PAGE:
Corruption in water infrastructure projects will be punished: Ramaphosa

02 December 2019 - 08:11 By TimesLIVE
President Cyril Ramaphosa says if we do not manage our water sources wisely, "we could soon find ourselves worse off than Samuel Taylor Coleridge’s 'Ancient Mariner', who wailed: 'Water, water everywhere, nor any drop to drink.'"
President Cyril Ramaphosa says if we do not manage our water sources wisely, "we could soon find ourselves worse off than Samuel Taylor Coleridge’s 'Ancient Mariner', who wailed: 'Water, water everywhere, nor any drop to drink.'"
Image: 123rf.com/Chayapon Bootboonneam

Tender corruption in mega projects for the construction of water infrastructure is putting the nation’s water security at risk, President Cyril Ramaphosa said on Monday.

“Mismanagement of water resources and corruption in the water sector has in no small part contributed to the situation we currently face,” he said in his weekly president's letter.

“Serious accountability and governance issues persist, whether it is in the building of infrastructure or at a municipal level, where water losses are mounting as a result of billing errors, unauthorised usage and outright theft.”

Ramaphosa warned there would be criminal repercussions for those found guilty of this.

A week ago, the Special Investigating Unit (SIU) raided Lepelle Northern Water in connection with alleged corruption at the Giyani Water Project. Ramaphosa said: “The amount allegedly involved — R2bn — is staggering, but unfortunately symptomatic of wide-scale tender corruption in these mega projects.”

“This is putting the entire nation’s water security at risk, and the ongoing SIU probes into irregularities in these projects will continue. As will the work of the Hawks’ National Clean Audit Task Team probing municipalities, where corruption in the provision of tankering services has frequently been alleged.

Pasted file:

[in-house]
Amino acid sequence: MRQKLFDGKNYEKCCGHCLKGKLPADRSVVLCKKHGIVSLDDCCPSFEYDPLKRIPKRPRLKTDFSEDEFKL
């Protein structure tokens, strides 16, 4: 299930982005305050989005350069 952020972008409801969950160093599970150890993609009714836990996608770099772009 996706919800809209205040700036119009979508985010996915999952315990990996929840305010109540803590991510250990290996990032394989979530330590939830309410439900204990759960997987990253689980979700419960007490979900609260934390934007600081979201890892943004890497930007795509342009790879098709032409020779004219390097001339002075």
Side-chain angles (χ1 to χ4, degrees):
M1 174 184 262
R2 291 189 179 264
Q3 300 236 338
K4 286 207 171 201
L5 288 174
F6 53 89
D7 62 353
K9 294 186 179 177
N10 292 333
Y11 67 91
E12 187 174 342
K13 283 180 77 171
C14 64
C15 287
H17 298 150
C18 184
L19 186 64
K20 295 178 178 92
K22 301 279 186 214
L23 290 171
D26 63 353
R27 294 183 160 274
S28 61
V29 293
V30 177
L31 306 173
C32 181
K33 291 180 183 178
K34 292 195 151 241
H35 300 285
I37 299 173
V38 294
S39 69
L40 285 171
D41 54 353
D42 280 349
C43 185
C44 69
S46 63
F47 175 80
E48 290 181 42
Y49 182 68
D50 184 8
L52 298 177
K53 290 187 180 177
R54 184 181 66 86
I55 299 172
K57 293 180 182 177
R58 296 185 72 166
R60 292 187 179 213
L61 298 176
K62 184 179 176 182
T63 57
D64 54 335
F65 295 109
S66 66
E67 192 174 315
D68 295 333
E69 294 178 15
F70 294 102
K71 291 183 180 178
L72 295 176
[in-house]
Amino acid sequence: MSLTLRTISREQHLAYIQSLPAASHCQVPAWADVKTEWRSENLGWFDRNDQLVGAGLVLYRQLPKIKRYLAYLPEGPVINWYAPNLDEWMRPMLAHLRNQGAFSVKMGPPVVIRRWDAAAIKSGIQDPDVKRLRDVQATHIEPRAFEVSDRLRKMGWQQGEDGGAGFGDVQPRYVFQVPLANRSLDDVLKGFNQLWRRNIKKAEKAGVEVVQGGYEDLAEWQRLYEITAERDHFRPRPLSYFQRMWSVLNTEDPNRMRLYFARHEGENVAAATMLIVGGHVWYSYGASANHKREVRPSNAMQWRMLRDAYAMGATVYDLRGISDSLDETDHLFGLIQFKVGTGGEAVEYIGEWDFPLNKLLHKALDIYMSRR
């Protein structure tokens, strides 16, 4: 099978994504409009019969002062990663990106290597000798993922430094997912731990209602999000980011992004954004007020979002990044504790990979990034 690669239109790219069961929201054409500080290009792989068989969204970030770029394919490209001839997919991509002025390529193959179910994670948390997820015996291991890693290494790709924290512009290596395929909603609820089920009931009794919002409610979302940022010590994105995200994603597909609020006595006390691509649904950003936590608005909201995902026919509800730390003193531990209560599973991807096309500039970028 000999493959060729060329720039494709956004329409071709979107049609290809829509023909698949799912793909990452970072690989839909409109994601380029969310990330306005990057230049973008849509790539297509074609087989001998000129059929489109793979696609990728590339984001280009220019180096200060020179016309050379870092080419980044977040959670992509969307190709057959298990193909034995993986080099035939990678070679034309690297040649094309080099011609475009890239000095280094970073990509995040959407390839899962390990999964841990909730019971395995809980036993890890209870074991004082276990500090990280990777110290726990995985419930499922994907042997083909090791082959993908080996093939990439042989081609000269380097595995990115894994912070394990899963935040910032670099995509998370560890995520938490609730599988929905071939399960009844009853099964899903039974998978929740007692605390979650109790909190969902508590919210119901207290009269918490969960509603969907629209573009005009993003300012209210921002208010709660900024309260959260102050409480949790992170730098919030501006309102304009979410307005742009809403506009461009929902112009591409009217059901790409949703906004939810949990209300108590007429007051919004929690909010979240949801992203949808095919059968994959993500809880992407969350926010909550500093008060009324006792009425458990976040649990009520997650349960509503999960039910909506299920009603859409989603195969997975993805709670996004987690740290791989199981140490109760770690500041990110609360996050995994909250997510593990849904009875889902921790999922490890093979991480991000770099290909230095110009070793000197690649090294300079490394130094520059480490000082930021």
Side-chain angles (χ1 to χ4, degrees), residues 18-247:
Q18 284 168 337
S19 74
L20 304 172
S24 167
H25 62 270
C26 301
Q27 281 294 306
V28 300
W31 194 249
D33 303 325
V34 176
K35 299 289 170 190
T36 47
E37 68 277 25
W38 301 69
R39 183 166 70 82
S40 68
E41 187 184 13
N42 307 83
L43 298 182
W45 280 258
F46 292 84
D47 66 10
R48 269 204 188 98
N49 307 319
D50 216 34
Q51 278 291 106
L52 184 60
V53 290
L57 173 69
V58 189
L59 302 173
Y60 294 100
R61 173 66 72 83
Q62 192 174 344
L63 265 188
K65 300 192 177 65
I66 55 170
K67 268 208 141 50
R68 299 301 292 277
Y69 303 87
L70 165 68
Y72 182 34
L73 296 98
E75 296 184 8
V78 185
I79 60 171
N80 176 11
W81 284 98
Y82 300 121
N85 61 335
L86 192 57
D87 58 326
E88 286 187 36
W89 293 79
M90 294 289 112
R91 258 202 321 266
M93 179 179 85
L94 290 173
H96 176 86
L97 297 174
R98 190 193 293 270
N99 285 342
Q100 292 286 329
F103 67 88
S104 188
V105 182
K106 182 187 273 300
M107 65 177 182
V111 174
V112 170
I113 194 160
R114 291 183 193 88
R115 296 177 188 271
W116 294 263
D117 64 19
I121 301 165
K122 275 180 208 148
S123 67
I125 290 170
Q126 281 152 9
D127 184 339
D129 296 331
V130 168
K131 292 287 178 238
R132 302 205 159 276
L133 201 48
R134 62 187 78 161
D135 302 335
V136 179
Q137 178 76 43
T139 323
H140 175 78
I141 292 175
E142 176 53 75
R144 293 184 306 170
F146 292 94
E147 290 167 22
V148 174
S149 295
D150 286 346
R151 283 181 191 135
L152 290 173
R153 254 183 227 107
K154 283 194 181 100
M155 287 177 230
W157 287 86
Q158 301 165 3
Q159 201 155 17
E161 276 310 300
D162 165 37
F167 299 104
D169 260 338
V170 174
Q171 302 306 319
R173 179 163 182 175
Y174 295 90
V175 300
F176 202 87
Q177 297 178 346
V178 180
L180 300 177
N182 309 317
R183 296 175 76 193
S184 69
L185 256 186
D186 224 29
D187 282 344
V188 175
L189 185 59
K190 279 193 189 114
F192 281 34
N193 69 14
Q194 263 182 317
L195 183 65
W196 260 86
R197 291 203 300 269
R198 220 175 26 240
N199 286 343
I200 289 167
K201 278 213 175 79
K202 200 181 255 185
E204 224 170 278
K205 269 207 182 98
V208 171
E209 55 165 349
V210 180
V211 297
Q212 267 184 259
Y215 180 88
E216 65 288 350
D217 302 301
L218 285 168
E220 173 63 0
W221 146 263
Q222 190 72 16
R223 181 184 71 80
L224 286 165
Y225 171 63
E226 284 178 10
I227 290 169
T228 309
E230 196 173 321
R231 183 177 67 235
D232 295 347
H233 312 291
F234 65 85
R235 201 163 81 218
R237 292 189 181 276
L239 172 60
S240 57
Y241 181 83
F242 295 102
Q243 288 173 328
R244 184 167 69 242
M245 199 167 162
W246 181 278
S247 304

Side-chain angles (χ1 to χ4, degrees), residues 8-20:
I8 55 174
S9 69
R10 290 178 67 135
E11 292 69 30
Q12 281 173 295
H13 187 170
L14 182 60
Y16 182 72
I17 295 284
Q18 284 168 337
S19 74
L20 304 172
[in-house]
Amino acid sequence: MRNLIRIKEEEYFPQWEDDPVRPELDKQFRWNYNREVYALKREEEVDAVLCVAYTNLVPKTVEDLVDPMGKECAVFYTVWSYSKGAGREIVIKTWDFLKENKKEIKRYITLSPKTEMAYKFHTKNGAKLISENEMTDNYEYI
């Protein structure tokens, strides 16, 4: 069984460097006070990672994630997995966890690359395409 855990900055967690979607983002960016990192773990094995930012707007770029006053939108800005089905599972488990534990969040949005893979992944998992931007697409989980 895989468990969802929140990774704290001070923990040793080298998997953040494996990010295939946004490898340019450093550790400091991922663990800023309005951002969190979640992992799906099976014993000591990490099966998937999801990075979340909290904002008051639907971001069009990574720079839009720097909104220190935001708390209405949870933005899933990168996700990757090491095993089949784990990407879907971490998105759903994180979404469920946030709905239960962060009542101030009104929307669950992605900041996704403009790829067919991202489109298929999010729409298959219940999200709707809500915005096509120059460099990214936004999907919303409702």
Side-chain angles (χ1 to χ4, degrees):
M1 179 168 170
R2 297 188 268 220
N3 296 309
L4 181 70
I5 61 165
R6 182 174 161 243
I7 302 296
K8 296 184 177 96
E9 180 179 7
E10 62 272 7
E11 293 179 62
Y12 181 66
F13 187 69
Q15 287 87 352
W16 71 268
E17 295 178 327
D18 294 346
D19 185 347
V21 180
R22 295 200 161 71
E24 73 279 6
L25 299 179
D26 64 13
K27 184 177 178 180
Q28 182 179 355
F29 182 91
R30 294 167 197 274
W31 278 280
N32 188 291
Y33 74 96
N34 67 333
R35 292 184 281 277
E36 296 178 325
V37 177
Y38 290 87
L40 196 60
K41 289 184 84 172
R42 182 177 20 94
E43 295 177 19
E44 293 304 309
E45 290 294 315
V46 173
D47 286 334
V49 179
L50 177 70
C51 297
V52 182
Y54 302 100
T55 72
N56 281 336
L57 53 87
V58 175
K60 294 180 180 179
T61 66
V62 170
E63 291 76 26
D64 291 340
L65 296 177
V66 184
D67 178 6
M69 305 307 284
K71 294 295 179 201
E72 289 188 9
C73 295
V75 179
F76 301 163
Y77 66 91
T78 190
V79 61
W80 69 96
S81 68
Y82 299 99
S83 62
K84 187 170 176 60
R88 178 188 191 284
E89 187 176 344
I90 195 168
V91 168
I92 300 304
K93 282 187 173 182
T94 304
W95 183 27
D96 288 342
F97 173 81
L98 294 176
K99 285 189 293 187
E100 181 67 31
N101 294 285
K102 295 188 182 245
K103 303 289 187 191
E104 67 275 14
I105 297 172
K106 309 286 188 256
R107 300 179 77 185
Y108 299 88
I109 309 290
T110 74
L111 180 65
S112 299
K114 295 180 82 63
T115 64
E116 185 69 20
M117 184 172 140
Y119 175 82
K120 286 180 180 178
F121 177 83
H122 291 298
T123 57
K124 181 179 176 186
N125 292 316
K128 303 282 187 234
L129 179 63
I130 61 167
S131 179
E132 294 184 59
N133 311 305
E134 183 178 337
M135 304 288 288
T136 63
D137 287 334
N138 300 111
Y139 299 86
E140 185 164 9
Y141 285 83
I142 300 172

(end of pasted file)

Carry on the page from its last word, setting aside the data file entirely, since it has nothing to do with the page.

“Accountability will be enforced as part of restoring integrity to the sector.”

Water scarcity is in the spotlight after a decade-long drought and existing freshwater supplies dwindling. Ramaphosa urged households to use water more sparingly and municipalities to invest in water recycling technologies.

To address concerns that economic development is being held back by drought, poor water infrastructure and delays in obtaining water-use licences, Ramaphosa said the government had directed that the water permit office to reduce the waiting time for water licences. “Significant progress has been made. The waiting period has been reduced quite dramatically.”

Municipalities are also installing bulk meters at reservoirs, repairing leaks and burst pipes, throttling water outlets at night to replenish reservoir supplies and upgrading existing water treatment works.

Ramaphosa said to ensure SA's future water security, the country would need funding of at least R126bn for infrastructure.


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